A 25-year-old woman in Japan got a bit of a shock when after suffering for five days with a sore throat she visited the doctor and discovered that a inch-and-a-half long worm had decided to make a home in her tonsils.
Go ahead, feel free to gag. I’m sure she did.
The woman, who received treatment at St. Luke’s International Hospital in Tokyo, was discovered to have a nematode roundworm living inside her left tonsil after after eating sashimi (a raw fish delicacy) at a restaurant.
Woman complains of a sore throat – only for doctors to pull a 1.5ins live WORM from inside her tonsils https://t.co/AnF3xK4D44
— Daily Mail Online (@MailOnline) July 14, 2020
According to a report published in American Journal of Tropical Medicine and Hygiene, doctors had to use tweezers to remove the worm which was, wait for it… which was still alive and wriggling around after its removal from her throat.
The parasitic Pseudoterranova azarasi type roundworm was a fourth-stage larva 38 mm long (1.5 inches) and 1 mm (0.04 inches) wide and was “and in the midst of molting its outer cuticle when doctors discovered it,” reports the Mirror.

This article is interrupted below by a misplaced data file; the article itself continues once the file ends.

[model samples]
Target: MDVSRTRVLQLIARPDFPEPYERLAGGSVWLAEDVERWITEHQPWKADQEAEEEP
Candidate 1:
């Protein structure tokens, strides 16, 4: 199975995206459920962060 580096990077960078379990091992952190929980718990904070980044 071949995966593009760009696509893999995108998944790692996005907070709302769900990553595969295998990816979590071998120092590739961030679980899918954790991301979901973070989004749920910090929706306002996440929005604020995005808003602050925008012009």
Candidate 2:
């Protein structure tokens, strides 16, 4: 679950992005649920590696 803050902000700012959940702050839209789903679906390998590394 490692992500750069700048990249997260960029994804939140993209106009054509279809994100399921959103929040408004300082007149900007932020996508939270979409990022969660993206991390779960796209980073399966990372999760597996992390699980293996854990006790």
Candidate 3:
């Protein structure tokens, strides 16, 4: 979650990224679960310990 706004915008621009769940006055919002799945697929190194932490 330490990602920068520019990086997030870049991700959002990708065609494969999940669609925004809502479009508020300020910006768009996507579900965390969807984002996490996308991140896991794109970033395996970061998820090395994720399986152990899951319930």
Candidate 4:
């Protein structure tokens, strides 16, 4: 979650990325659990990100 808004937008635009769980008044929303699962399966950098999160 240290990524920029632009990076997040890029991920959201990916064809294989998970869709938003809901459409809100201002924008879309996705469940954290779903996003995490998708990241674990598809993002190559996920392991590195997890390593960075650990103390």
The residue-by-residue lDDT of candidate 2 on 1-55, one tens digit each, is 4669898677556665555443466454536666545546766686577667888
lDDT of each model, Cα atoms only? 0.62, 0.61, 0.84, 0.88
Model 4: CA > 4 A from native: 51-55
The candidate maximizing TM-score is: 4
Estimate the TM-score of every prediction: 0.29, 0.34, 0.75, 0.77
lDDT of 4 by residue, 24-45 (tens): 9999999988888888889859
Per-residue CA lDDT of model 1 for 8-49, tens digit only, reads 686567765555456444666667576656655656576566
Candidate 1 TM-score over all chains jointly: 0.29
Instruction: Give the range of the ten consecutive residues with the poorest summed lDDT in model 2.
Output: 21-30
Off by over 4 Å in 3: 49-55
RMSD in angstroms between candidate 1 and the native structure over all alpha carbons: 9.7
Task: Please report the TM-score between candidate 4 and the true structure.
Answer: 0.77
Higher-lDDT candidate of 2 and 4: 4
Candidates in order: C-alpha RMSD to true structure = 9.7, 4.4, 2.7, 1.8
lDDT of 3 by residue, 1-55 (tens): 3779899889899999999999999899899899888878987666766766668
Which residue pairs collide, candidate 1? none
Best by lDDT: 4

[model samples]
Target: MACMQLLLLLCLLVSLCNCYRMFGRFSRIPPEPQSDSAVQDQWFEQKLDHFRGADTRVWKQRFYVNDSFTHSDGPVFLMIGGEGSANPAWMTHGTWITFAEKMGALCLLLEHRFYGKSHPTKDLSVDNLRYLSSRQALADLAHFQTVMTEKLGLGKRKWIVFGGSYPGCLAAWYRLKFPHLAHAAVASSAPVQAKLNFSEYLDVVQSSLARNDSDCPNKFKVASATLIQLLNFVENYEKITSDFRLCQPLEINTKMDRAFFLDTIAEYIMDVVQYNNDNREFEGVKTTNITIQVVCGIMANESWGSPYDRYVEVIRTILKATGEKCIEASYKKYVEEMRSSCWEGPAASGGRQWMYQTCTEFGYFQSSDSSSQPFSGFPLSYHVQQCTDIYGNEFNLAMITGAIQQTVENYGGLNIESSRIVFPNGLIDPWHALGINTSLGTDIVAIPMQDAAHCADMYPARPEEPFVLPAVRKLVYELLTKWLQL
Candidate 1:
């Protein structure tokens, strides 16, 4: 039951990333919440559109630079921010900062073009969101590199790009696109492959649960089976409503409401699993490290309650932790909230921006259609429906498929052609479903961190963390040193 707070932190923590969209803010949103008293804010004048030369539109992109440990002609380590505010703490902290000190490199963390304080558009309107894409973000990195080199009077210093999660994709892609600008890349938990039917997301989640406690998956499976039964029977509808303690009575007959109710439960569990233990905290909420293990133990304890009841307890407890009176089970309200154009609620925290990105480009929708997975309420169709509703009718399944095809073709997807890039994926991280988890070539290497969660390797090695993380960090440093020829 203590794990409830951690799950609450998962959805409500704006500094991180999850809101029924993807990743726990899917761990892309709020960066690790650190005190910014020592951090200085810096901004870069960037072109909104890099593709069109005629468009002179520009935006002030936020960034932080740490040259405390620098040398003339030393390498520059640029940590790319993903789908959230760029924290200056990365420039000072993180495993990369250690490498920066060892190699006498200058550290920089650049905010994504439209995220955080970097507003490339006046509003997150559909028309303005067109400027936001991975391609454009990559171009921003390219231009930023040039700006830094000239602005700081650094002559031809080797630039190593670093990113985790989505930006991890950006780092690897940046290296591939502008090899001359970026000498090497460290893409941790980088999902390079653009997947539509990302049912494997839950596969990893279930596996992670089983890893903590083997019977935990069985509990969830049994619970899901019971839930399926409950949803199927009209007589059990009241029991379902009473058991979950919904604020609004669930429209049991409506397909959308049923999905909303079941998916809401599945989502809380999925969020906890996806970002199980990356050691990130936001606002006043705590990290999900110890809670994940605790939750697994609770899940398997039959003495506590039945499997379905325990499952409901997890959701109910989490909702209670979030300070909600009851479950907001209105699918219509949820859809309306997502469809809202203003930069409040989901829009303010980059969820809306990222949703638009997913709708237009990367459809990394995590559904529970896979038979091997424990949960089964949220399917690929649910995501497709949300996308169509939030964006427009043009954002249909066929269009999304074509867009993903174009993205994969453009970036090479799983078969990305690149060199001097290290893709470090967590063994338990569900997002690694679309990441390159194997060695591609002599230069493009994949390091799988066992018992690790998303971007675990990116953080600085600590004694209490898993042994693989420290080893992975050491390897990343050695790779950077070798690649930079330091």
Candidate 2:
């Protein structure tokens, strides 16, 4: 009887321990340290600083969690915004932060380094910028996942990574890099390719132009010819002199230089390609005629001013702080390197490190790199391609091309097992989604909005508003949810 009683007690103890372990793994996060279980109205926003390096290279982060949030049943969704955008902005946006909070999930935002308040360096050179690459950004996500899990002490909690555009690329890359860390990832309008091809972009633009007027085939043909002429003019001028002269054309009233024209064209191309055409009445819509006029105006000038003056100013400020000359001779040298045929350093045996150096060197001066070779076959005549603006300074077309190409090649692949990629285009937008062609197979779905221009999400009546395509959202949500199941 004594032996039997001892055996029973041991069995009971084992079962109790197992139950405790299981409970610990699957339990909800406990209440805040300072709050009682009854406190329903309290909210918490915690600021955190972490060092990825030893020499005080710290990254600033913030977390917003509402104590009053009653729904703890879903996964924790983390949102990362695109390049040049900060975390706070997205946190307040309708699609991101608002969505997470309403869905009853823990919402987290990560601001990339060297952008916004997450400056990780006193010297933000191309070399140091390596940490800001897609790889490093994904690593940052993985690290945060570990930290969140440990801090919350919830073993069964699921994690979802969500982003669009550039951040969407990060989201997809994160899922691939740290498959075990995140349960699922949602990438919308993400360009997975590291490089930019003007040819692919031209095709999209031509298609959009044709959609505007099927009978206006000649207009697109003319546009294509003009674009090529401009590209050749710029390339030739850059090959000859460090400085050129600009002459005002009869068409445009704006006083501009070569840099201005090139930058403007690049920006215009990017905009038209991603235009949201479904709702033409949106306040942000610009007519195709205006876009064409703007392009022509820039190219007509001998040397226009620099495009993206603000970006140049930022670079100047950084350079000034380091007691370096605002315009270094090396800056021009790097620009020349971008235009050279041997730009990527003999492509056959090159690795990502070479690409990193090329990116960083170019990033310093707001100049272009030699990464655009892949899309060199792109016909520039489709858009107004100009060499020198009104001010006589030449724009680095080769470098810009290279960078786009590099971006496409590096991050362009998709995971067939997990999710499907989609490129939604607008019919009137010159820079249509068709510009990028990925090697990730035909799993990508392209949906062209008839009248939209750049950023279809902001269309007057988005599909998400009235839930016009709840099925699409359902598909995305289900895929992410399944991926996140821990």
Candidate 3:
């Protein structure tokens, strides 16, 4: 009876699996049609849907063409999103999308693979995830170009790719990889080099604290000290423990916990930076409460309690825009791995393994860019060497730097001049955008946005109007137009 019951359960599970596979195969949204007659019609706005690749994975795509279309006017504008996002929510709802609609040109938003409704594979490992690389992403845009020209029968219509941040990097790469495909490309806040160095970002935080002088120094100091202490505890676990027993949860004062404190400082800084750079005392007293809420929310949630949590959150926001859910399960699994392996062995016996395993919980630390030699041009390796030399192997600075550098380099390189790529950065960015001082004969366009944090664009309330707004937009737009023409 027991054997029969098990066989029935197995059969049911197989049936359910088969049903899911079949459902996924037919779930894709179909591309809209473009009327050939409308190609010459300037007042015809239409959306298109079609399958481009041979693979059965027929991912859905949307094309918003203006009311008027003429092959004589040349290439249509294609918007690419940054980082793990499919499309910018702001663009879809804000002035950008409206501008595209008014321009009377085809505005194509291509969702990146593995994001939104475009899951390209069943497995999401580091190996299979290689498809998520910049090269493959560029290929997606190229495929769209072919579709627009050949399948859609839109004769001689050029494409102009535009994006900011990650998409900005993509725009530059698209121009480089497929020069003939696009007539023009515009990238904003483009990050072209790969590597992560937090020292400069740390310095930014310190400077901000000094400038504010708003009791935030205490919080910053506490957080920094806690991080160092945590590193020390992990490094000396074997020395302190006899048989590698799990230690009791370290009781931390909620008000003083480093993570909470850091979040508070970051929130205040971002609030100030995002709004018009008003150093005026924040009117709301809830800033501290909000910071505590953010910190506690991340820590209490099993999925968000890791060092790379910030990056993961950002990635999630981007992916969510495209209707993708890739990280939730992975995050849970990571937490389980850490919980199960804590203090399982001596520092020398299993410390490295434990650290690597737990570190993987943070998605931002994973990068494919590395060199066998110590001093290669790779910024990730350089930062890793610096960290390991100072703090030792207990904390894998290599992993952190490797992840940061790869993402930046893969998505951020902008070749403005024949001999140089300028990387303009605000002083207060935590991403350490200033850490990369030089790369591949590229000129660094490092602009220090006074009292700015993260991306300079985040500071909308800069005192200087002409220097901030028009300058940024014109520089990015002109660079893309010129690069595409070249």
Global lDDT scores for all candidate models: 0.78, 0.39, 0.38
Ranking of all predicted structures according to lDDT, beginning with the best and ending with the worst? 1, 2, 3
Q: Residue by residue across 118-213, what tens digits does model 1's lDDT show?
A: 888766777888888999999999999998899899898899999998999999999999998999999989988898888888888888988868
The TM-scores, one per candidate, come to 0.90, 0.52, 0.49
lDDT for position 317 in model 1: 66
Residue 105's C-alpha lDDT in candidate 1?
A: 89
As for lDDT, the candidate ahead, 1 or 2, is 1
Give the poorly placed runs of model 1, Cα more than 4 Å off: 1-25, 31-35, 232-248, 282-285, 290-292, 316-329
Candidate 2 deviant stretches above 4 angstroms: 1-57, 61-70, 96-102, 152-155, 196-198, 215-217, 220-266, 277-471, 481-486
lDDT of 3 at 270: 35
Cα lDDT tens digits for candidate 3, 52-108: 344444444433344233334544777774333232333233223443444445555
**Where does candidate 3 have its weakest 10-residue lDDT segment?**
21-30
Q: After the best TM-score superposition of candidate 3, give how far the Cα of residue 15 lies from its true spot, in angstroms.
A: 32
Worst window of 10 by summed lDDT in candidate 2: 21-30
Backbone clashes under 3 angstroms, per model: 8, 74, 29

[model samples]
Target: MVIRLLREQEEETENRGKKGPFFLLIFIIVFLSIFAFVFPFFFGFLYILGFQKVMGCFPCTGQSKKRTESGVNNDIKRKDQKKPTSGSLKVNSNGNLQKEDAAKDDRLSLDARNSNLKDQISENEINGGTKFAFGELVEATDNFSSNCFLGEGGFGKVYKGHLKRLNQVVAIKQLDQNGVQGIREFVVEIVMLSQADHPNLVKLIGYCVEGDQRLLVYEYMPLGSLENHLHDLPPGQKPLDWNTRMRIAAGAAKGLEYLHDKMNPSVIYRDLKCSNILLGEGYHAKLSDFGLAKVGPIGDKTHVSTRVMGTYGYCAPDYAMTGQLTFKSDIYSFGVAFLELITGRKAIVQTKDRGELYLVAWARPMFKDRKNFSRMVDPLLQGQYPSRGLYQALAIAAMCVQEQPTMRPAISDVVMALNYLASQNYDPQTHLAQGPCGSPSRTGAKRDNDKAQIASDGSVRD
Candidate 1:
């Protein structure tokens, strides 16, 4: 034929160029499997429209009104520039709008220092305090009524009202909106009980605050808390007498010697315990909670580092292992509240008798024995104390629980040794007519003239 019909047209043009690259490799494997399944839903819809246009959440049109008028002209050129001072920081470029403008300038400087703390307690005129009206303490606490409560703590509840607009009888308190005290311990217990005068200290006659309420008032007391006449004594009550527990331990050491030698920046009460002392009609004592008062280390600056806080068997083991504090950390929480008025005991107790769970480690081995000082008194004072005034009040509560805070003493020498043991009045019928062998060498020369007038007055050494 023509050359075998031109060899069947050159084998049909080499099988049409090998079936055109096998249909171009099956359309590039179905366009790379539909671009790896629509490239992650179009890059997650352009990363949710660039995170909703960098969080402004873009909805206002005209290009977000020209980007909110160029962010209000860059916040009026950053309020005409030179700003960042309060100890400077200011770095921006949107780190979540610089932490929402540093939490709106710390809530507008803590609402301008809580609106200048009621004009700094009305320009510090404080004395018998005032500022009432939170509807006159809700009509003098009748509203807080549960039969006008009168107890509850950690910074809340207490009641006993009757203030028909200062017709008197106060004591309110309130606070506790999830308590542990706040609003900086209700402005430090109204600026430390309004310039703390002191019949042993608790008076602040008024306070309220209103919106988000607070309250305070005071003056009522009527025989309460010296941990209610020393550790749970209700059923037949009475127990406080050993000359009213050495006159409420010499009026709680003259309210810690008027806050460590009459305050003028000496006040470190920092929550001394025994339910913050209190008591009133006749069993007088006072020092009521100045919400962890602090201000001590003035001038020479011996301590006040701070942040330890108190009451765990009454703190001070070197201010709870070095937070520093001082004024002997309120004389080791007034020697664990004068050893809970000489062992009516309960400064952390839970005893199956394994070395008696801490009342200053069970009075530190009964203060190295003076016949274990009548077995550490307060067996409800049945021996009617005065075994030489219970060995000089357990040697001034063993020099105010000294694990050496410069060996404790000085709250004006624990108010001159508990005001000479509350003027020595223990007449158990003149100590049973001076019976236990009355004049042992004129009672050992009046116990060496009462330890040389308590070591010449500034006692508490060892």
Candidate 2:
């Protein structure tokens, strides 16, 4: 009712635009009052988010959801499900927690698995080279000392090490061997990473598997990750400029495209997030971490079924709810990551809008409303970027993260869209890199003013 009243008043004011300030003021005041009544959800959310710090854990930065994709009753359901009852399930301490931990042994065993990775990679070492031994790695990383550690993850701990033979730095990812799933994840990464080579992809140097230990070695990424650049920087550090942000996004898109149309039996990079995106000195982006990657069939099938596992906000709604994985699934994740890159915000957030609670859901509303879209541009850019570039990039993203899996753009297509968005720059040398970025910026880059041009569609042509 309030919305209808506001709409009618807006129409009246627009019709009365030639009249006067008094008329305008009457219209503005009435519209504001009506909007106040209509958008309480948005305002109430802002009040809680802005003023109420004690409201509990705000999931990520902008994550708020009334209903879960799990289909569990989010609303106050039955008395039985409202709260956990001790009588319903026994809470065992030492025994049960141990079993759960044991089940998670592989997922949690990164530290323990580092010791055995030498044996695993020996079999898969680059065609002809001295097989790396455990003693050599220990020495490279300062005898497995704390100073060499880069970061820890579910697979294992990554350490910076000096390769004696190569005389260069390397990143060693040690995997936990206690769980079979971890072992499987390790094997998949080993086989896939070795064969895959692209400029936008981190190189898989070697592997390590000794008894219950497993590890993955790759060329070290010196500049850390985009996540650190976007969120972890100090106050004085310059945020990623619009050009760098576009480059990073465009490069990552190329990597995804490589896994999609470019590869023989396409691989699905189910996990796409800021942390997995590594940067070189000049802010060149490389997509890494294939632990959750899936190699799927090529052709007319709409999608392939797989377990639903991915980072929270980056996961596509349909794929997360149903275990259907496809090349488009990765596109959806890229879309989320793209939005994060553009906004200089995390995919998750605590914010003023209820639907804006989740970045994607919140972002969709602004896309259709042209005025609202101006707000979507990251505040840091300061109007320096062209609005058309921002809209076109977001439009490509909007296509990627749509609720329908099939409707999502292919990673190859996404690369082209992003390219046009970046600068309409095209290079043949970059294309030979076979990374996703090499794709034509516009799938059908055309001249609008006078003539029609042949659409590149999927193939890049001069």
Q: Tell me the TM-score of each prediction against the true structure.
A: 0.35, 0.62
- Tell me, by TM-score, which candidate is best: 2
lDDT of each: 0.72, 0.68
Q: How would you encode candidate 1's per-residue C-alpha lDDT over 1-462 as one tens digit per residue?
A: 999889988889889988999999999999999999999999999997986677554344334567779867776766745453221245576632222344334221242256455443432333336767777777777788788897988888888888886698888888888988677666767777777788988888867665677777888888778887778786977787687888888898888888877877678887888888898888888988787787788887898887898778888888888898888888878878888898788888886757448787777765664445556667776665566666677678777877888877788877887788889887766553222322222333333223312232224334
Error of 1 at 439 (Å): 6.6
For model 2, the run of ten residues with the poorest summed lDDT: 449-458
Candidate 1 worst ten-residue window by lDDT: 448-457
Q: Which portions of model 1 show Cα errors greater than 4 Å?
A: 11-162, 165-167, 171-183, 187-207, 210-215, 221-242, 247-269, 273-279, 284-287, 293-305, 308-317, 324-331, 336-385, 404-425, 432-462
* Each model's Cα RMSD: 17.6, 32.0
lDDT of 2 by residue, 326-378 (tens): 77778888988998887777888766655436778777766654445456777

The report stated there have been around 700 cases of this type of worm found in humans in Japan, North Pacific countries, South America, and the Netherlands.
“Although oropharyngeal infection is rare, this infection is known to cause ‘tingling throat syndrome’ and cough and should be considered a differential diagnosis of oropharyngeal parasitosis as consuming raw fish, including sushi and sashimi, has become more popular and the number of reported cases has markedly increased worldwide,” the report read.
Usually these worms, which given time can reach very large sizes, make their homes in human intestines, but occasionally, as in this case, they don’t make it that far.
Following the removal of the worm from her tonsil the woman’s symptoms reportedly “improved rapidly.” Go figure.